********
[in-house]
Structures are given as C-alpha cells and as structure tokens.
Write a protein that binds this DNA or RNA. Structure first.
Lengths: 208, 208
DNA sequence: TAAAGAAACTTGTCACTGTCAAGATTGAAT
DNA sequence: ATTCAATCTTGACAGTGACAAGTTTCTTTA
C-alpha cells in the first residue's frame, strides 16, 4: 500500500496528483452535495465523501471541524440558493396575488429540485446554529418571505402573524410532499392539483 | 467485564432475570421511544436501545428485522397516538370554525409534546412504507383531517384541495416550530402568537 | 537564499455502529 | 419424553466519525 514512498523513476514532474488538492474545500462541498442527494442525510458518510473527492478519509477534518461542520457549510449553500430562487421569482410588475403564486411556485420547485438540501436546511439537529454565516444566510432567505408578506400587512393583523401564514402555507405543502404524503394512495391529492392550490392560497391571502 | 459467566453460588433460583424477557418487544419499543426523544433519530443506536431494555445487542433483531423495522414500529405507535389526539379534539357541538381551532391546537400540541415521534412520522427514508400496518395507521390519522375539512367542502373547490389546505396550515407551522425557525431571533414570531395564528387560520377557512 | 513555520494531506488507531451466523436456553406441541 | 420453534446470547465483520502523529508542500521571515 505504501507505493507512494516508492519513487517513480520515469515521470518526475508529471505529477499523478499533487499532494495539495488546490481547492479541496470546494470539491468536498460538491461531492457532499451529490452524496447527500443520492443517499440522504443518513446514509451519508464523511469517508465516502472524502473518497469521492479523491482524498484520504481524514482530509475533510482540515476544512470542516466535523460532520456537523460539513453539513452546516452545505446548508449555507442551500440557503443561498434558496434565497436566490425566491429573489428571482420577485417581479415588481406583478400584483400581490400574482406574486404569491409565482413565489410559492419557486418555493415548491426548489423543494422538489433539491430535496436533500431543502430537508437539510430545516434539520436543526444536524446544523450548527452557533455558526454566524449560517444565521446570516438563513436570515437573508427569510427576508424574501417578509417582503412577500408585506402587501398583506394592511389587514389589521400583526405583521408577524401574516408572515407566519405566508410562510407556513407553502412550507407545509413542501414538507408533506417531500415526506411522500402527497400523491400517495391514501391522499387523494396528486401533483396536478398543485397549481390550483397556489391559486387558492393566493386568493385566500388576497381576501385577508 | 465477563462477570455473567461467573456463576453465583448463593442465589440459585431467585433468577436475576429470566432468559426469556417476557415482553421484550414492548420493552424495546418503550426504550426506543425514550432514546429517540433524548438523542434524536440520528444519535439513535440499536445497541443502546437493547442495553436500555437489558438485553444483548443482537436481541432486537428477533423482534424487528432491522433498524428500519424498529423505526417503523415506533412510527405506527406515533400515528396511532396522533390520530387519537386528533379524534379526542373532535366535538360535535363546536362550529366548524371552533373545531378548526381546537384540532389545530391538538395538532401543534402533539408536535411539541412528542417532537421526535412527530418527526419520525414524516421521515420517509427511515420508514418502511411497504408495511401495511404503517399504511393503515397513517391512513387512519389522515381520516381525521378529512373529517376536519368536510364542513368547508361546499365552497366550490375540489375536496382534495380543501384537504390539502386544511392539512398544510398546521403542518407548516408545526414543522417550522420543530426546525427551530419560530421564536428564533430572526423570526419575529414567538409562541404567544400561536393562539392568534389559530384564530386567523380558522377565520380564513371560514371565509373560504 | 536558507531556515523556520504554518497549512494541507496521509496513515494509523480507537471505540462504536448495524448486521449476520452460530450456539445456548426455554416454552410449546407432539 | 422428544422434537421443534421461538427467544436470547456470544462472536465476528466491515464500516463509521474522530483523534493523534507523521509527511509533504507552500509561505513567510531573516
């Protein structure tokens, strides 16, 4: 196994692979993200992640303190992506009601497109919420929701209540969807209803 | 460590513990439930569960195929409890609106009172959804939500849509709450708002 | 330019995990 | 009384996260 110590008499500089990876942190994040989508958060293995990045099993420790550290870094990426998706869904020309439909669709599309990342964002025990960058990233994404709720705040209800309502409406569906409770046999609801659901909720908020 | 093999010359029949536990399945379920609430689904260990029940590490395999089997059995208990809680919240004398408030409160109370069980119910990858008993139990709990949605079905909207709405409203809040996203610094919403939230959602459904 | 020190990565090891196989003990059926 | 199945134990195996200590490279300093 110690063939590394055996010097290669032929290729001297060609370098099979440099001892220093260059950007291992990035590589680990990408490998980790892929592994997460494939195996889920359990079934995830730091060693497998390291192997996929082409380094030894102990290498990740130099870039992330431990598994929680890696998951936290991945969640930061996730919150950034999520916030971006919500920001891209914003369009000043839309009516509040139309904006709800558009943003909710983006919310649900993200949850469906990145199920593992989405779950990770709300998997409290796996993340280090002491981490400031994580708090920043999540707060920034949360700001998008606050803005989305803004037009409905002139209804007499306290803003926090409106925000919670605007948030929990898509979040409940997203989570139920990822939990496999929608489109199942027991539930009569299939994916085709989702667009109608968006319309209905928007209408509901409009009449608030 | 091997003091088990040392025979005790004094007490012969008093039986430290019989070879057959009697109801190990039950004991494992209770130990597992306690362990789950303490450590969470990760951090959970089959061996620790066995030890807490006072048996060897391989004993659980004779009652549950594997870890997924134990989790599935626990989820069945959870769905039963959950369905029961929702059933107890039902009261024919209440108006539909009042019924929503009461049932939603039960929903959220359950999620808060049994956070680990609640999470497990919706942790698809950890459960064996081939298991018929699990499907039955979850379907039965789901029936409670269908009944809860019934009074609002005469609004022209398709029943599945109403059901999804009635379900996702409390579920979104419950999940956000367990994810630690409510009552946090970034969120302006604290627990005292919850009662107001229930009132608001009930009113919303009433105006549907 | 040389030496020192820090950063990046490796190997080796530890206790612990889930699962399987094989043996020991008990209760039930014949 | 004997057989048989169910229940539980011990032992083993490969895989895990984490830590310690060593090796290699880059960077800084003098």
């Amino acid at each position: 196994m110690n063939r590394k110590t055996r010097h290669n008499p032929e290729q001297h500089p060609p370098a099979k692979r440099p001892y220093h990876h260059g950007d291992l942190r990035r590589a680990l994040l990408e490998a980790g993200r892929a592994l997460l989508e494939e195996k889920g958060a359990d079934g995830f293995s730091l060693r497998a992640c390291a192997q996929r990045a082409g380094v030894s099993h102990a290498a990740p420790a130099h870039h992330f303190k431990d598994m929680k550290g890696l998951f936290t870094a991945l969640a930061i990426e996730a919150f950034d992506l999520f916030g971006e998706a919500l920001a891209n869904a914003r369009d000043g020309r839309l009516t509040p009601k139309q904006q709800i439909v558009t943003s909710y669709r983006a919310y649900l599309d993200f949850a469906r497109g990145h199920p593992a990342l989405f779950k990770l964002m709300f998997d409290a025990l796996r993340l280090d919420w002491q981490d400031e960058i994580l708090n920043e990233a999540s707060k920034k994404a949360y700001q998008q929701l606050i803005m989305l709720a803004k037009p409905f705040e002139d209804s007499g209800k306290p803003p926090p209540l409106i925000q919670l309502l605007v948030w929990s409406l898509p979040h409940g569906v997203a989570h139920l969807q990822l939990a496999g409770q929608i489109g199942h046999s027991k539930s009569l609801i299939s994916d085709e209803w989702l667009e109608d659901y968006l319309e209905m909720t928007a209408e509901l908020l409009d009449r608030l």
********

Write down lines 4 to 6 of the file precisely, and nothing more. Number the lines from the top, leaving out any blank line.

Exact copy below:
Lengths: 208, 208
DNA sequence: TAAAGAAACTTGTCACTGTCAAGATTGAAT
DNA sequence: ATTCAATCTTGACAGTGACAAGTTTCTTTA